Roll 8 Broad describes a meeting his aunt arranged with a Mr. Baumert, a member of the Nazi party paramilitary. Baumert proposed that Broad go to Stuttgart to become an SD officer. Broad refused the offer. Baumert told Broad that nobody was being killed in Auschwitz, that his friend Höss would have told him so. Broad states that Baumert was fully aware of what was going on, but did not want to admit it. During this meeting, Baumert told Broad that he had received negative reports on Broad. The reports regarded his perceived Bolshevik activities while a student and later at Auschwitz. However, nothing ever came of the negative reports, Broad thinks due to the level of respect his aunt had within the Nazi party. Broad's aunt knew Hitler through her father, who was a professor in Berlin and a painter. Lanzmann asks Broad how the two transports of Czech families from the Theresienstadt camp behaved when they were led to the gas chambers in Auschwitz.

06:11:26 Roll 9 Broad is unable to corroborate the extreme violence the SS guards placed on the Czech families before they were gassed. Broad talks about a story he heard during the war, in which Goebbels gave an order to release two or three prisoners from Auschwitz.

06:14:45 Rolls 10-11 When the escapees from Auschwitz told of the gassing and extermination taking place in the camp, it was so incredible that no one believed them. Goebbels was spared from having to contradict the news as no one believed it. Broad compares this disbelief to the behavior of the Hungarian prisoners at Auschwitz, explaining that their disbelief at their situation caused them not to react violently when let to the gas chambers. Broad believes the prisoners could have escaped easily if 2000 of them had rushed the fence. He claims there was no barbed wire on the fences and that they were not electrified.

FILM ID 3437 -- Camera Rolls 1,2,1A,2A -- Rushes -- 01:00:09 to 01:31:10
Roll 1 Interiors of the minibus used to record the hidden camera interview with Pery Broad. Two technicians monitor the video and audio transmission. The picture goes in and out. Broad speaks in English about prisoners of Auschwitz and the ability to escape (corresponds to Camera Rolls 10-11). You can also hear the camera crew in the van in French.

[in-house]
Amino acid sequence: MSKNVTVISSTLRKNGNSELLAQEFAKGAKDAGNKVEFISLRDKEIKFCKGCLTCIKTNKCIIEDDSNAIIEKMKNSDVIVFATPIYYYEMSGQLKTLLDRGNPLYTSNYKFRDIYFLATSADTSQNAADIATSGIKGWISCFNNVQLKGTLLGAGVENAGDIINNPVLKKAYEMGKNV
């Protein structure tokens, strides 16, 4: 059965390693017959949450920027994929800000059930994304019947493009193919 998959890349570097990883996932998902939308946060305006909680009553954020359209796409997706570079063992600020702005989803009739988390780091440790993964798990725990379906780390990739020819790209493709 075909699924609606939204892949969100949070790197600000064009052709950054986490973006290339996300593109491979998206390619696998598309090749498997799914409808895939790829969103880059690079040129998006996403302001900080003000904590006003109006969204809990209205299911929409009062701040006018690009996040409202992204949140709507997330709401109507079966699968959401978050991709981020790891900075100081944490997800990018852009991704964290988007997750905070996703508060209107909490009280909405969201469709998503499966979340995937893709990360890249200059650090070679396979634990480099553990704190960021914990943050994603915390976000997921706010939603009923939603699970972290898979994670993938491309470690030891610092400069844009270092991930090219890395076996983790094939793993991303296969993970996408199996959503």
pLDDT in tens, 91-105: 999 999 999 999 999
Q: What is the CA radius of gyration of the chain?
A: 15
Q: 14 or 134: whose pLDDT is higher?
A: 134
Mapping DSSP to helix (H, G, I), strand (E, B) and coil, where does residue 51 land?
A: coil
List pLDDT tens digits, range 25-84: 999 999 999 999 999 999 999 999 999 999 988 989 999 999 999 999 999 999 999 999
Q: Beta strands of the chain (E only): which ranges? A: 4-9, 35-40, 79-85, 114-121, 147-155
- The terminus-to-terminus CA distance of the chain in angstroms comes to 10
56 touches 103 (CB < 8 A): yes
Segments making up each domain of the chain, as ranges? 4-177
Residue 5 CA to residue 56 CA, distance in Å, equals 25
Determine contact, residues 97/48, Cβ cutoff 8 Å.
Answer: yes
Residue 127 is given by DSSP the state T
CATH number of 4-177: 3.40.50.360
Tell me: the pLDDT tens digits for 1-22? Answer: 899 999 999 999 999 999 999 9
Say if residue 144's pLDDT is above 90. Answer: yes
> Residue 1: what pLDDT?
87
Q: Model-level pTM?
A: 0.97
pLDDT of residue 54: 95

01:05:38 Roll 2 Again from inside the minibus with the technicians speaking in French. The picture goes in and out. Broad talks about a story he heard of during the war, in which Goebbels gave an order to release two or three prisoners from Auschwitz. When they told of the gassing and extermination taking place in the camp, it was so incredible that no one believed them. Goebbels was spared from having to contradict the news as no one believed it. (corresponds to Camera Rolls 10-11)

01:11:13 From inside the minibus, a crew member introduces Roll 1(1A?). He says something like "trying to tune into Perry Broad, we are interested in what he has to say. We will choose what Claude is interested in. There is no image, we only have the rushes." Broad claims he only entered the crematoria at Birkenau after it was shut down. He can describe the crematoria in detail because he had a friend who worked at the building administration for the camp. Plans of the camp, including the gas chambers, were publicly available. The crematorium looked like a factory. Lanzmann and Broad discuss the layout of the different crematoria. Broad describes an instance when a Sonderkommando said to a guard "give me one bread and I'll slaughter a hundred Jews."